Digi-Schlock: THE SENTINEL (Scream Factory Blu-Ray)

The Sentinel doesn’t have the best critical reputation but that doesn’t mean anything to the horror fans who love it: they’re used to having their chosen fare treated poorly by the critical establishment. Thus, it is perfect fodder for a special edition, having inspired a devotion that lingers amongst the selected few. Those fans should thank their lucky stars because Scream Factory has brought the film to blu-ray and added a fistful of extras that take the viewer into the crazy creation story behind the crazy onscreen story.

Sentin-bluIt all begins with a new transfer that has a nice vintage celluloid look, giving an HD boost to the color and detail levels without any digital tinkering. The original mono soundtrack is presented in lossless form and this presentation does well by this well-mixed straightforward vintage track.

Scream Factory has not listed this as a full-on special edition but it has a nice package of extras nonetheless. The heart of the bonus features is a set of three commentary tracks. The first pairs novelist/producer Jeffrey Konvitz with moderator Nathaniel Thompson. Konvitz covers a lot of ground, starting with the complex genesis behind the novel and film before moving into production stories, including some darkly funny tales of studio shenanigans and Michael Winner’s ego.

Thompson keeps the track focused by asking good questions that get Konvitz to reveal his far-ranging career, including subsequent novels and his early screenwriting credit Silent Night Bloody Night. It’s a compelling listen for horror fans who have ever wondered about Konvitz’s career.

Sentin-03The next track is a solo effort by Winner himself, taken from a prior European DVD release. He is irreverent and gossipy from the get-go, maintaining a steady stream of comments as he shows off his infamously combative and egotistical persona. He swoons over his older stars, defends his use of handicapped people in the finale and manages to take bitchy potshots at Konvitz, Cristina Raines and Chris Sarandon (a vicious tale about Sarandon’s casting has become infamous amongst commentary track fans).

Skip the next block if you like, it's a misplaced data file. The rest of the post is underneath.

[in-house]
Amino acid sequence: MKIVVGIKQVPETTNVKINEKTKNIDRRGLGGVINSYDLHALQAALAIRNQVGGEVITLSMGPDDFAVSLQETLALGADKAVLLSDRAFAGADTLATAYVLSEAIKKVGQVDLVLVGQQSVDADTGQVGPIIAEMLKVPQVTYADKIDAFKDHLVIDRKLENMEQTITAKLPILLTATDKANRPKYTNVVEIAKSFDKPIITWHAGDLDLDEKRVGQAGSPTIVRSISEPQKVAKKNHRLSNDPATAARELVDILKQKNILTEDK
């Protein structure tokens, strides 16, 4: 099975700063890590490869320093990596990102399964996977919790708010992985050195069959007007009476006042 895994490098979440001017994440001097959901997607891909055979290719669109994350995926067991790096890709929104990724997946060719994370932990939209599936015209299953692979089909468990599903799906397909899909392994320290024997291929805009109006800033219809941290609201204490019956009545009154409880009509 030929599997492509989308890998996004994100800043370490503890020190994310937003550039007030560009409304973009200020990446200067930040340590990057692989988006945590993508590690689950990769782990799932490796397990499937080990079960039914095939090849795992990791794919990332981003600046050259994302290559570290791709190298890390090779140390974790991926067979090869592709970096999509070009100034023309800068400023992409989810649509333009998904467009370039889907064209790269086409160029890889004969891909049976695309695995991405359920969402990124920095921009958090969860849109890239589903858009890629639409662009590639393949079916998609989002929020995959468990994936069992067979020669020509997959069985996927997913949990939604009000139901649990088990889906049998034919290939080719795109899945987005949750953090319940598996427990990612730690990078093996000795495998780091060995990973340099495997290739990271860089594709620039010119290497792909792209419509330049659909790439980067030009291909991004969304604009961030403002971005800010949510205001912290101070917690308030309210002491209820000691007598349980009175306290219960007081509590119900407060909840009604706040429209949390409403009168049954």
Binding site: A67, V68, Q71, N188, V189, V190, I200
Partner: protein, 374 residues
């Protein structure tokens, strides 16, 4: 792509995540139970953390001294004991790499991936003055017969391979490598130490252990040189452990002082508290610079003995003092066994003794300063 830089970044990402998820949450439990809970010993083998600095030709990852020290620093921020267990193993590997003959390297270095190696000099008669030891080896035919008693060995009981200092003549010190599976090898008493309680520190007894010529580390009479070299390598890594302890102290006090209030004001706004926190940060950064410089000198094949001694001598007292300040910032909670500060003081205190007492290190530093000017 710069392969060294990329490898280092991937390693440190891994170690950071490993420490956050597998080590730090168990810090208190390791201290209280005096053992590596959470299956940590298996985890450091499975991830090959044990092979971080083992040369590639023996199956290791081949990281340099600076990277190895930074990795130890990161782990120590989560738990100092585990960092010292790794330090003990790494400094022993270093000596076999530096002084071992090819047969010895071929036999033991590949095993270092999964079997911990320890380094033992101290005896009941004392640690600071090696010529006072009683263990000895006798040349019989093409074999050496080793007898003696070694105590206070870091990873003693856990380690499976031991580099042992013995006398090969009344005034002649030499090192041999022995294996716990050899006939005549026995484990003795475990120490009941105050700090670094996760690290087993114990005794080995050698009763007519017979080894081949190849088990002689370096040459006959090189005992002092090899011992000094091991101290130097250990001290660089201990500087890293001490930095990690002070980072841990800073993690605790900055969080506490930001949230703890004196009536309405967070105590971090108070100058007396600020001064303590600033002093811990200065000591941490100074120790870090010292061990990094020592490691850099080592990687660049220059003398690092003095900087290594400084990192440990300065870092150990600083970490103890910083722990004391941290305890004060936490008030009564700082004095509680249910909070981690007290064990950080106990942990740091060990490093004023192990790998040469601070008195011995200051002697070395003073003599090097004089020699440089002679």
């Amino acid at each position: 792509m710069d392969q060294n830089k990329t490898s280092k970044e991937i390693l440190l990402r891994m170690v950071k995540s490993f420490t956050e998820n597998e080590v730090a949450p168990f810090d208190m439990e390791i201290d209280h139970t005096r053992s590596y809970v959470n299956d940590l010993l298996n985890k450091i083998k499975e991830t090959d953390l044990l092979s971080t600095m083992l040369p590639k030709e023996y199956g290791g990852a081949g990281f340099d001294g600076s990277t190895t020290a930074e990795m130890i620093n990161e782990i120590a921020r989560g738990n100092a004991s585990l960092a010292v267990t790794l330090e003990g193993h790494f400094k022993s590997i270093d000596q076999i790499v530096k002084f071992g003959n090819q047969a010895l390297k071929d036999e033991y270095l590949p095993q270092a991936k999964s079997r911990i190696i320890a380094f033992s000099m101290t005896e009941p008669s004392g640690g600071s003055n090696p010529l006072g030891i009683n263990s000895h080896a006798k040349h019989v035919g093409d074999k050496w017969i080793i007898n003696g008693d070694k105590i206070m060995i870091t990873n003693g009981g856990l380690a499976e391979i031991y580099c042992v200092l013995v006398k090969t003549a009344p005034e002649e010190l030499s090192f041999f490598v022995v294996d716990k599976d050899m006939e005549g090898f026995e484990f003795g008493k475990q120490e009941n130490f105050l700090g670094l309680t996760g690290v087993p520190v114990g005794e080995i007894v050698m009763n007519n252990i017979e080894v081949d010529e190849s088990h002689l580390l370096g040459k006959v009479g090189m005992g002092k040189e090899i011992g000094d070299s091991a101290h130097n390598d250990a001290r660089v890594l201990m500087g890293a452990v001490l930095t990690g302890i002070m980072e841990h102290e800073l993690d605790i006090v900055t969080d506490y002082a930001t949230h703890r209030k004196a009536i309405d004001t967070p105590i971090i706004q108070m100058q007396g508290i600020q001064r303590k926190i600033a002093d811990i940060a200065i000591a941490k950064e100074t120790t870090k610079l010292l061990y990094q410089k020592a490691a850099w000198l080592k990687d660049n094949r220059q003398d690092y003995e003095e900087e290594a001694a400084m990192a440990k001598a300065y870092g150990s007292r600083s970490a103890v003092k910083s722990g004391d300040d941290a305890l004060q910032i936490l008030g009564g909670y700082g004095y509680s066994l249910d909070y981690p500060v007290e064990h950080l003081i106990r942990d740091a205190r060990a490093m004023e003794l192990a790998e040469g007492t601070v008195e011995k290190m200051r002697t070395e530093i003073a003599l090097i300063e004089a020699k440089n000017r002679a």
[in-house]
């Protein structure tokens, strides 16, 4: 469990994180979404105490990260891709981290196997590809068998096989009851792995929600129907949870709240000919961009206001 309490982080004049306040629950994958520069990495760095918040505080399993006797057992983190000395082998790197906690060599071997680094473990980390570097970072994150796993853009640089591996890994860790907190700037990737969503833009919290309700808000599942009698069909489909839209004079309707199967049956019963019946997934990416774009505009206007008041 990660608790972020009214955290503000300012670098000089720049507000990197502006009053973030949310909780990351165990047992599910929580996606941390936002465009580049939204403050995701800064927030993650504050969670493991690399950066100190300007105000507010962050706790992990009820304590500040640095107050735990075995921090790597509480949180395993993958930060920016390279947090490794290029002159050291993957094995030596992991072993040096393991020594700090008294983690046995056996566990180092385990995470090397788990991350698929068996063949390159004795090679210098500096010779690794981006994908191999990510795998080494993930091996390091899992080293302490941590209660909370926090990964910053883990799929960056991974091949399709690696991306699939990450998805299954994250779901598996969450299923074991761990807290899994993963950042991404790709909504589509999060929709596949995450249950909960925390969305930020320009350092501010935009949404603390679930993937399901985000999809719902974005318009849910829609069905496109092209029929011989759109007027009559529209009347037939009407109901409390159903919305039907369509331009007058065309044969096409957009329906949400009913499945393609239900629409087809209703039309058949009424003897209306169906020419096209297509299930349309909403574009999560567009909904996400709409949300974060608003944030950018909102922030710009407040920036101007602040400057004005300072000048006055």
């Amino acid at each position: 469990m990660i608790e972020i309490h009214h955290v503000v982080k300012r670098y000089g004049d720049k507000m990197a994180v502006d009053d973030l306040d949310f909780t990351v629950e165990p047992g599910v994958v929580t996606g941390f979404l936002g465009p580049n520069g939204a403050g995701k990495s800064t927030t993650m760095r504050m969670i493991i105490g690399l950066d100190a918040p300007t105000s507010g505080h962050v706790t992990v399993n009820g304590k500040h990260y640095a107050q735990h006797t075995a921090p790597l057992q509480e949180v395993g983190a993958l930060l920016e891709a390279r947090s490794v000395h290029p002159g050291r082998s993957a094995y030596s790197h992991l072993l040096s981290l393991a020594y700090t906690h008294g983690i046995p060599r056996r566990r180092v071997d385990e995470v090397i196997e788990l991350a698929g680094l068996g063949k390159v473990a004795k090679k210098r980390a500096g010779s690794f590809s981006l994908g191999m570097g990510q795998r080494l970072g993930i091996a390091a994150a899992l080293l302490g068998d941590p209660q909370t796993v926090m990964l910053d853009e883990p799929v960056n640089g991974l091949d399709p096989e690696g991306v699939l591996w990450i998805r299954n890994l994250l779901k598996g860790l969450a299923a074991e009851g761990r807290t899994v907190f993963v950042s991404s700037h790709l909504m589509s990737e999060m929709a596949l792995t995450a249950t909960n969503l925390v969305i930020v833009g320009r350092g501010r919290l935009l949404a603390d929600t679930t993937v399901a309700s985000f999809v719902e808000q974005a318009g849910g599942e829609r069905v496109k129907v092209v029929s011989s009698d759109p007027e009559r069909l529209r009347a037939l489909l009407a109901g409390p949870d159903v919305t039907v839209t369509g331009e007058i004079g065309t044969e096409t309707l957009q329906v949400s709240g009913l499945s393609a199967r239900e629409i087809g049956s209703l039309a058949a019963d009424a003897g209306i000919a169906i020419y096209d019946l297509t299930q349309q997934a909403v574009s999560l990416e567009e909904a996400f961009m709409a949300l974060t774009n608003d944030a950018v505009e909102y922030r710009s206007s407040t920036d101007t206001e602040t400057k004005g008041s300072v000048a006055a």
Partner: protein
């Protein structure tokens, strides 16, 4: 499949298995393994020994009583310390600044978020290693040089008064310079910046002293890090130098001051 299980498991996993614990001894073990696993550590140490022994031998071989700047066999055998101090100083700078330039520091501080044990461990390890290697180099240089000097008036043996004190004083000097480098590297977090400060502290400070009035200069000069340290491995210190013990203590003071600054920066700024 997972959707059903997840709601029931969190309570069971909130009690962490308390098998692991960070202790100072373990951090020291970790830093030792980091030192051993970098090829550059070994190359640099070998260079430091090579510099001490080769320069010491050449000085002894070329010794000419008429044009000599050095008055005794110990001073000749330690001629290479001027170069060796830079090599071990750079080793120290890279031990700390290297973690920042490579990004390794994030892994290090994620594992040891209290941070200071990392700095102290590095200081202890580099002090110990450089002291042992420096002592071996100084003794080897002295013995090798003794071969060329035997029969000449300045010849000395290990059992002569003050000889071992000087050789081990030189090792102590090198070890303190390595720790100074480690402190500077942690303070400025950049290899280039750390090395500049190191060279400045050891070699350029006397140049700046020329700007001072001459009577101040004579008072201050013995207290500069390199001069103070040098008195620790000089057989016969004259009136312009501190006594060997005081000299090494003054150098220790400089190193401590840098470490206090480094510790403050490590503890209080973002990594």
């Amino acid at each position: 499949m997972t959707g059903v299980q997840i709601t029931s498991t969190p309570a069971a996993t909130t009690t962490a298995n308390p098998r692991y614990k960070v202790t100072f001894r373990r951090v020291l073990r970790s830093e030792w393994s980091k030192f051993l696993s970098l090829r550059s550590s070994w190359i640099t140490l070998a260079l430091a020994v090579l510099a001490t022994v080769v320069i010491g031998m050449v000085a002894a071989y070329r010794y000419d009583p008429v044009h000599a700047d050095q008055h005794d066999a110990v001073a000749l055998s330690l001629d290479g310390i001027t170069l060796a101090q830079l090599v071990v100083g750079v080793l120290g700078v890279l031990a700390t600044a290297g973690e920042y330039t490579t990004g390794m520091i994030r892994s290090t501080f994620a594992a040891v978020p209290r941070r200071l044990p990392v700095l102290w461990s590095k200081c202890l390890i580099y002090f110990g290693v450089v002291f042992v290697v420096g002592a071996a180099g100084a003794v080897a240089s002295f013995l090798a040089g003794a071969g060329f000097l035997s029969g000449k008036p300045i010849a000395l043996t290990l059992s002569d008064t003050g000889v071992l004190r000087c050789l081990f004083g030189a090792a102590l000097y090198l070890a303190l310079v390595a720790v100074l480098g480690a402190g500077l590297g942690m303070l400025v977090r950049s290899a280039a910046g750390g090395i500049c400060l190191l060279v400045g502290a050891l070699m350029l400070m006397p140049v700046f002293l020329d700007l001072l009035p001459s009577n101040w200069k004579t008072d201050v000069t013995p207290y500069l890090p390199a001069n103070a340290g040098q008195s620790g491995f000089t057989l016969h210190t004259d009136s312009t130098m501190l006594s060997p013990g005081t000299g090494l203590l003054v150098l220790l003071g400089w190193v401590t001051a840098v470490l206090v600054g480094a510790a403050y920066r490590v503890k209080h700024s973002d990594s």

The third commentary track features Raines along with blogger/moderator Shaun Chang. She talks about how she got the role as a result of being a Universal contract player and has nice things to say about everybody on set, with the notable of exception of Sentin-04Winner. Chang is quite knowledgeable about her career and asks plenty of interesting questions about her other credits to fill out the discussion. The two have a nice rapport (there are lots of laughs) and it’s a fun listen for fans who might want to know what the Sentinel experience was like from the actor’s perspective.

The major video-based extra on this title is a 24-minute chat with Ralph S. Singleton, who served as second assistant director and location scout on this film and Death Wish for Winner. After giving some background on how he worked his way up the crew ladder, he gets into the nature of his duties on this film (he found the film’s famous brownstone location) and what it was like to work with the notorious Winner, who he says was demanding but took care of his reliable crew members. Singleton has gone on to a career as a producer and director and also offers some interesting insights into the film business.

The remainder oSentin-05f the extras are devoted to promotional materials. A trailer pushes the horror vibe and the all-star cast while two t.v. spots explore similar territory, with the second of the latter using the sideshow performers to a surprising degree. Three image galleries presented in animated form round things out: the first features dozens of stills, the second has a variety of black-and-white press photos and the third has over thirty images of different posters, lobby cards and even pages from the film’s pressbook.

In short, this is a nice little edition of a deep-catalog cult favorite that ’70s horror mavens will enjoy, particularly with all those commentary tracks to explore.

To read Schlockmania’s film review of The Sentinel, click here.

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